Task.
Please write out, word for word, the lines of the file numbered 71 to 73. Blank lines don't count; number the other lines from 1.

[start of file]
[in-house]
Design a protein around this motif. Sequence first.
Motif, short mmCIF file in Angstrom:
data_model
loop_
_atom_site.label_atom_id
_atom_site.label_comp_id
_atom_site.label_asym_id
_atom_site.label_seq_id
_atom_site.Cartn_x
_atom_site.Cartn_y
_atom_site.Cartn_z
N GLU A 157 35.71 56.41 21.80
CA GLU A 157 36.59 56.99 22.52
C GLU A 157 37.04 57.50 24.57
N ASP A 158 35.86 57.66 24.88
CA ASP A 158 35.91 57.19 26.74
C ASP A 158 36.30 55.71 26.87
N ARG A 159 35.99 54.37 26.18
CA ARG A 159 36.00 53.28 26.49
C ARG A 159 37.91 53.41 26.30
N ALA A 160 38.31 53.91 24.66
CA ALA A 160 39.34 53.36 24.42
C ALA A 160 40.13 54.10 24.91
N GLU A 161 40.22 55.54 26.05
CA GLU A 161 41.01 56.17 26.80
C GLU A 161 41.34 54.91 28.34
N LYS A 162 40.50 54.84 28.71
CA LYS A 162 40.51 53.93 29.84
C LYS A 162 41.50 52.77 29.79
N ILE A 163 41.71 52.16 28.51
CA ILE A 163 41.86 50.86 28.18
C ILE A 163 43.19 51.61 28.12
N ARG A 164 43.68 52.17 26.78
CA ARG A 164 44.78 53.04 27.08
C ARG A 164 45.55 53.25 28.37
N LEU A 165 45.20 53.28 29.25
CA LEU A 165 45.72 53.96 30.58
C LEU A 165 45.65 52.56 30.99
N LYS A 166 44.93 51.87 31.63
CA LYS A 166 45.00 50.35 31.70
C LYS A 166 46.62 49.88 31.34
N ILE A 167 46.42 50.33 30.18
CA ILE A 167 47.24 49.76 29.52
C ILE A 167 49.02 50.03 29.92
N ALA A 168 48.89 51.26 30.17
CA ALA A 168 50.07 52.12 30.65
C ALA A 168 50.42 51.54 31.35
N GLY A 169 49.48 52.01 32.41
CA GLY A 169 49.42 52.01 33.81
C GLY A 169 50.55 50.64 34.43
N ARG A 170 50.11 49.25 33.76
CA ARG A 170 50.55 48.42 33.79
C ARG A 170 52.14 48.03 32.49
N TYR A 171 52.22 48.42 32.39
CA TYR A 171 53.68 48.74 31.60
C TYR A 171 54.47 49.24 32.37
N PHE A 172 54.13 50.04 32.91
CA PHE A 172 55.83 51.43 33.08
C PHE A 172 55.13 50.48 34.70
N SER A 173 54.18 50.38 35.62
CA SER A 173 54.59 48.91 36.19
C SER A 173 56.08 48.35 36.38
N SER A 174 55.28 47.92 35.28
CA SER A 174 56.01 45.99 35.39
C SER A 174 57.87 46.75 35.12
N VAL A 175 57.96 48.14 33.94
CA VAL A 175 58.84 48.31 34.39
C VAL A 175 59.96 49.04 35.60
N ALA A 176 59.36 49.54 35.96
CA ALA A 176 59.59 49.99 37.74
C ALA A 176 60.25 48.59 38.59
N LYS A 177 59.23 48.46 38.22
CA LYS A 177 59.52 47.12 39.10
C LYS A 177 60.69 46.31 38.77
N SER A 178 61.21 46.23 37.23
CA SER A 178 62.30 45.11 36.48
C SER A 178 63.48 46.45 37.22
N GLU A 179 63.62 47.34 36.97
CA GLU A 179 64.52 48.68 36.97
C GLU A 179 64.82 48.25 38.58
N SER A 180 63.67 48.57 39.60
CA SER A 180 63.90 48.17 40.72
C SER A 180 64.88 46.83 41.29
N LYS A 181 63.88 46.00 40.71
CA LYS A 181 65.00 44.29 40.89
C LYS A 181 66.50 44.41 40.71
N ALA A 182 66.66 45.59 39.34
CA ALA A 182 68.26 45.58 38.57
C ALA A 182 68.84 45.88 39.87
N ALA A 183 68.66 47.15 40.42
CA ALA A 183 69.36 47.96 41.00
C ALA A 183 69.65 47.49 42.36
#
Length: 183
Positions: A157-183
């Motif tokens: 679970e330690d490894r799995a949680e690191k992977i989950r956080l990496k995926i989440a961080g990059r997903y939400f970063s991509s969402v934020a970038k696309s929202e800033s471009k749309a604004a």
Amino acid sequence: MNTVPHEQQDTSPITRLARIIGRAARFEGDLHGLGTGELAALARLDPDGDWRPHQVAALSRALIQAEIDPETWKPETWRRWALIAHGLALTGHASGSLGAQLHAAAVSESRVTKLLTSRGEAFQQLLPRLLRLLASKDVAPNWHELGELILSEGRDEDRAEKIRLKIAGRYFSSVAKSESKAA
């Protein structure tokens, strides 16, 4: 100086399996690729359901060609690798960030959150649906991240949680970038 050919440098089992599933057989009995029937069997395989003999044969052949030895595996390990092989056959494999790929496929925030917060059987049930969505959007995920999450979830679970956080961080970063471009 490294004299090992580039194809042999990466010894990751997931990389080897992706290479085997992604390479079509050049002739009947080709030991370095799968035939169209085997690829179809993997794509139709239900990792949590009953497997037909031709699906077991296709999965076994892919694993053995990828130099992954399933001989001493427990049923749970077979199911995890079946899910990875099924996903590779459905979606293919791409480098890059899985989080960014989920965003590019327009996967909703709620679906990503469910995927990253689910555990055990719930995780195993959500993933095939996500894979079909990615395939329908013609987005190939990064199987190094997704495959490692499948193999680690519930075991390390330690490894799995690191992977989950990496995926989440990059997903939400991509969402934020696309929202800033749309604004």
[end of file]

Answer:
CA ALA A 176 59.59 49.99 37.74
C ALA A 176 60.25 48.59 38.59
N LYS A 177 59.23 48.46 38.22